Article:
The greatest death in the history of shark cinema isn’t Quint from Jaws. It’s when Samuel L. Jackson’s millionaire adventurer Russell Franklin meets his untimely end in Deep Blue Sea. Just as summer swells, the movie’s return to Netflix is a welcome one. Who doesn’t love a good shark movie in August?
Last month brought Terminator 2 and Star Trek back to Netflix, two all-time greats when it comes to futuristic sci-fi, and this August, Deep Blue Sea is one of several gems swimming up to your queue. Time travel, space travel, genetic mutations, and even dream heists abound this month.
If you find yourself hankering for a taste of tomorrow this August, consider these 11 science fiction shows and movies. As always, we shall pay special attention to what’s new, original, or leaving Netflix soon. But ultimately, my whims are everything.
Samuel L. Jackson remains the highest-grossing actor of all time. He’s also present in two of the absolute funniest moments in cinematic history, both of them involving his character’s death. There’s his absurd, deadly jump — the pinnacle of dark comedy — in The Other Guys, and a gut-busting moment from Deep Blue Sea.
In the 1999 sci-fi classic, he plays a billionaire-adventurer funding Alzheimer’s research on mako sharks, but after the scientists accidentally make the sharks really smart, they start systematically hunting the humans on the underwater research facility. Even worse, it all unfolds during a storm,
I won’t spoiler the shocking moment here, but if you like schlocky horror movies that toe the line between thrilling and absurd then Deep Blue Sea is worth the watch — at least until this particular moment.
Deep Blue Sea takes a bite out of Netflix on August 1.
Only visionary filmmaker Christopher Nolan could pull off a bizarre, cerebral premise like Inception (2010), a heist-based action movie that takes place almost entirely within dreams. Aside from movies about billionaires with anger issues, a lot of trauma, and a bat fetish, Inception is easily Christopher Nolan’s best work.
Leonardo DiCaprio stars as a professional thief who extracts information from people using advanced technology that hacks into their subconscious. He’s hired to implant an idea in someone’s mind by entering several layers of their dreams with the help of a crack team.
Inception was groundbreaking at the time of its release, landing on many lists for the top films of 2010 and picking up Academy Awards for cinematography, sound editing, sound mixing, and visual effects. The movie introduces compelling sci-fi concepts, with astounding, complex visuals in ways that still resonate on a deep emotional level.
A new mini-trailer for No Time To Die (the next James Bond movie) was released mere days after Netflix announced that both Casino Royale and Quantum of Solace — Daniel Craig’s first two stints in the role of 007 — would be leaving the streaming service. That’s a total bummer because you’d be hard-pressed to find a Bond movie with more universal appeal than Casino Royale.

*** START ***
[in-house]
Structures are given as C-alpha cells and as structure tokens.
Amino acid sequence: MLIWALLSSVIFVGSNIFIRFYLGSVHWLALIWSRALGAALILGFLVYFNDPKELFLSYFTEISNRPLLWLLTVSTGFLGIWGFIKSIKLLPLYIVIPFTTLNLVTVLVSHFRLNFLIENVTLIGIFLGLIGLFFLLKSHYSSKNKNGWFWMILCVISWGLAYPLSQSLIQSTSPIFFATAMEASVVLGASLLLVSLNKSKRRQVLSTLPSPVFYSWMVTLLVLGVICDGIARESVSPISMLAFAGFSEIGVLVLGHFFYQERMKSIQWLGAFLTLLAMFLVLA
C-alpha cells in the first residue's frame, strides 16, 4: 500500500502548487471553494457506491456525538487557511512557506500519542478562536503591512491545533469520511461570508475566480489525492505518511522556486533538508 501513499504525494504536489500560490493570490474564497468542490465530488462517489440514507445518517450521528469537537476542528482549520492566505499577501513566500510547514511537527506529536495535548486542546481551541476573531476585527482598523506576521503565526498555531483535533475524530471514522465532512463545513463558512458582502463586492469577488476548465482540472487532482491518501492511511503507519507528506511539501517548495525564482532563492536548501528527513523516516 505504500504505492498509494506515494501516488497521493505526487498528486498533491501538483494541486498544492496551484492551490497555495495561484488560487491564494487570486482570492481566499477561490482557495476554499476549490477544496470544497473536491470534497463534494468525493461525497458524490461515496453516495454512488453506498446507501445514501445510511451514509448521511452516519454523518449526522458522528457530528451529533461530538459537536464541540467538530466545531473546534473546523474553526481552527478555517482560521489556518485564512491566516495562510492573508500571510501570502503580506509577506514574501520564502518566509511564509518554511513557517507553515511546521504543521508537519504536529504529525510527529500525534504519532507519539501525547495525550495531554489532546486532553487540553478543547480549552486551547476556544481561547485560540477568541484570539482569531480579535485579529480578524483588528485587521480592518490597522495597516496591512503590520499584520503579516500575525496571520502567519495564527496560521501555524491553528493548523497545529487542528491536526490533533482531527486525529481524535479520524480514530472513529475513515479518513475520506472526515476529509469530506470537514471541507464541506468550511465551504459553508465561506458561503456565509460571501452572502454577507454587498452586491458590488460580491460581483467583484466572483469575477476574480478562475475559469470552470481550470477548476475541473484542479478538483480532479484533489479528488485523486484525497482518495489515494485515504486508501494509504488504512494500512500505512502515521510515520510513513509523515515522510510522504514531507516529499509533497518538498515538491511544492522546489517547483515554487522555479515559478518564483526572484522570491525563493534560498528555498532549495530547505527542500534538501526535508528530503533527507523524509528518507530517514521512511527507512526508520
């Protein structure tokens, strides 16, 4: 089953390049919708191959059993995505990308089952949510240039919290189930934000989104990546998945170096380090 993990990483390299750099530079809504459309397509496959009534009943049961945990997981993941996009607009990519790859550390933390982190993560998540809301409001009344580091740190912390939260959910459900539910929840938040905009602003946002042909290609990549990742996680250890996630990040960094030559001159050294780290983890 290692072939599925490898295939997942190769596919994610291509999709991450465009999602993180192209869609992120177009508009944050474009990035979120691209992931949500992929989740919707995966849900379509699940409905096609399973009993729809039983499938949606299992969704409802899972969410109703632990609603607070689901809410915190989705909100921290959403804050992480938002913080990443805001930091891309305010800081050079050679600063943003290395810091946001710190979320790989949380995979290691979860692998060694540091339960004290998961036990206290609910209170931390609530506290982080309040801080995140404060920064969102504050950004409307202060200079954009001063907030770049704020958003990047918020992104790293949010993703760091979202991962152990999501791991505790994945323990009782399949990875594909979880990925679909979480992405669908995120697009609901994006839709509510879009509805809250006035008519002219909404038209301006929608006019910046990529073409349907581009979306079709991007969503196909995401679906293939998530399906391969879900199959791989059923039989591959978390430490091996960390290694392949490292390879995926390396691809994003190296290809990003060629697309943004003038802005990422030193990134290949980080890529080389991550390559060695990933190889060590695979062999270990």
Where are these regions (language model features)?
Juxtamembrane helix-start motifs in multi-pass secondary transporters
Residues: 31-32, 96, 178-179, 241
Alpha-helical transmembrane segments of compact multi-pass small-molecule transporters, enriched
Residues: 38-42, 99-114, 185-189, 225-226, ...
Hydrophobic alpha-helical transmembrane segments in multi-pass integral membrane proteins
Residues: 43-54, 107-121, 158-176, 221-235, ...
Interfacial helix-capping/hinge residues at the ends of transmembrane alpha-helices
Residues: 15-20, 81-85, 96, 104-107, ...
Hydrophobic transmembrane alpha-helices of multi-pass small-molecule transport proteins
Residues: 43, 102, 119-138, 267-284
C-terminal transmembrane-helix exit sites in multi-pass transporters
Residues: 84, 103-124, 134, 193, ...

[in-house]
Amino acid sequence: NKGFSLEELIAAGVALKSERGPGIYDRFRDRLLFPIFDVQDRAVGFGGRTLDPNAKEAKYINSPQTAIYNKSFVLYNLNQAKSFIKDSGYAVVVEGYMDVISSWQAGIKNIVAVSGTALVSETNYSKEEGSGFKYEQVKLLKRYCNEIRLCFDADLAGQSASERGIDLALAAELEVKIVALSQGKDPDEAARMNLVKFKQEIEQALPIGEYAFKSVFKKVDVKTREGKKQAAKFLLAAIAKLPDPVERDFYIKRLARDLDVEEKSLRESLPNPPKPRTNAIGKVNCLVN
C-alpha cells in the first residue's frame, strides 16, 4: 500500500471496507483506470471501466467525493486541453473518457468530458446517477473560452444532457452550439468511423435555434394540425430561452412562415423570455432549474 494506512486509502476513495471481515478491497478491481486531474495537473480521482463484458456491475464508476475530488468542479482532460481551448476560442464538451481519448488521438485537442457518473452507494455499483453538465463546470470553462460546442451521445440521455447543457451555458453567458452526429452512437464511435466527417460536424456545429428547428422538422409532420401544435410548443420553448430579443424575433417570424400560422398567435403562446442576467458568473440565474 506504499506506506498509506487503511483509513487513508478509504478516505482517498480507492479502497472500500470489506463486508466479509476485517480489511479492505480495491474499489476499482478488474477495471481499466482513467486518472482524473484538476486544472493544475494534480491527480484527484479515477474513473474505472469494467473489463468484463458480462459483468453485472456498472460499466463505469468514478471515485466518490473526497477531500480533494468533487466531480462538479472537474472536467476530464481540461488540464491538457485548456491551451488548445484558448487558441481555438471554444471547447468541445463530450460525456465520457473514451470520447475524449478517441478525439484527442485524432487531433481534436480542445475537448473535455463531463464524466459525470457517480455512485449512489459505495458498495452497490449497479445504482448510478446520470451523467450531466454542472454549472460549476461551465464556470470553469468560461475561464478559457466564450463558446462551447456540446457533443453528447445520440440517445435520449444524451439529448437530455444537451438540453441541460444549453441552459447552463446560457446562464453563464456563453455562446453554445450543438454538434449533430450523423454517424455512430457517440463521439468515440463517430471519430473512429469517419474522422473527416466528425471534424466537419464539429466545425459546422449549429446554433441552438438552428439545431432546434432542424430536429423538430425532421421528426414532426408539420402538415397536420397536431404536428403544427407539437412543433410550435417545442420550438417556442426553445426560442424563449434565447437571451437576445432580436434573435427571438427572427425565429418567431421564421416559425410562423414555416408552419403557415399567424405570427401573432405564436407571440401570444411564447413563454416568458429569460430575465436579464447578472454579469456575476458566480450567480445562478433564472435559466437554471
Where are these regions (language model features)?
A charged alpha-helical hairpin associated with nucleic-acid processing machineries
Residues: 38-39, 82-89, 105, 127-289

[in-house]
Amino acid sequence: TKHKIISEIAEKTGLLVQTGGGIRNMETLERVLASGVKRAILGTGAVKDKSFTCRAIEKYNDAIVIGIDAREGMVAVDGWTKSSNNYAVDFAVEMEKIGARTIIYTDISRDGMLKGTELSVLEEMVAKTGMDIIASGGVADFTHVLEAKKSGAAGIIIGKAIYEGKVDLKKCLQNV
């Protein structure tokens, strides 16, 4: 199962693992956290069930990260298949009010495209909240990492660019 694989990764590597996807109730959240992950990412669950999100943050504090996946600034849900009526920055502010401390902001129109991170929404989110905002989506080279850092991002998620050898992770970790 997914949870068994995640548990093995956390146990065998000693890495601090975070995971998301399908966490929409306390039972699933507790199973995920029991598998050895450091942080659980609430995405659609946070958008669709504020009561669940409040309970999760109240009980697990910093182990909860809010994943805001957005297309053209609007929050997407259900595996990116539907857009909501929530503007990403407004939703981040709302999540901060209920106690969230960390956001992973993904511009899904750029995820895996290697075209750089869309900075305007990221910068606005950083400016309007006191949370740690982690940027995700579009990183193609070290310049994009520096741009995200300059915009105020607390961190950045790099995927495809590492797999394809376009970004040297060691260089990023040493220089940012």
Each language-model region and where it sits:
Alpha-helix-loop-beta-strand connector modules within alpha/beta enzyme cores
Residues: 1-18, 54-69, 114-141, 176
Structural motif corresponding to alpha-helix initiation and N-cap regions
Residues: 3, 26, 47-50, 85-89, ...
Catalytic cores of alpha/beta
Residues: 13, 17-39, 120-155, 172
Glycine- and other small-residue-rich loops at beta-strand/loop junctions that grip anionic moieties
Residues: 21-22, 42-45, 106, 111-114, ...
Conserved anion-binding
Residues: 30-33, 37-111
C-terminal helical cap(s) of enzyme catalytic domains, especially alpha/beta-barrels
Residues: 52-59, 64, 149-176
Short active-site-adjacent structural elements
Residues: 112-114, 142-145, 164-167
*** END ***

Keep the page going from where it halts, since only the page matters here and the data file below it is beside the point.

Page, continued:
Released in the era as Batman Begins, Casino Royale is also an accessible and gritty take on a waning franchise in need of a reboot. Intensely physical and unafraid to show Bond killing the bad guys, Casino Royale is a total thrill-ride that still holds up. Bond films don’t deal with hard sci-fi concepts all that often, but much of the science is still totally fictional.
Casino Royale leaves Netflix on August 30.
Is this movie actually about time travel? This is a question that lingers in the back of your mind throughout Safety Not Guaranteed‘s 86-minute runtime. A jaded young intern working for a local magazine pitches a weird story: A man placed a classified ad claiming to have traveled in time already, and he’s looking for a partner. In all caps, the end of the ad reads “SAFETY NOT GUARANTEED.”
Directed and produced by Colin Treverrow (the guy who went on to helm several Jurassic Park movies and almost Star Wars: The Rise of Skywalker), Safety Not Guaranteed is a smart and engaging mumblecore-ish story about a cynical young woman who learns that believing in something — even if it’s a man she thinks is genuinely insane — is better than living a life devoid of meaning. Is that even sci-fi? If you believe in it, maybe it is.
Safety Not Guaranteed is leaving our time period on August 12.
The wild conclusion to Netflix’s War for Cybertron saga comes with Transformers: War for Cybertron: Kingdom, which just released on July 29. The titular war spreads across the galaxy towards a “strange planet” where Decepticons and Autobots go to find the Allspark. (Hint: It’s Earth!)
Canonical implications are loose at best, but what’s achieved here is essentially the origin story of Transformers on Earth in the live-action films. We also get an extended crossover with the Beast Wars animated series. In that beloved show from the late ‘90s, the Maximals and Predacons are smaller animal-sized Transformers who duke it out on Prehistoric Earth. Here, they participate directly in the ongoing war for the Allspark.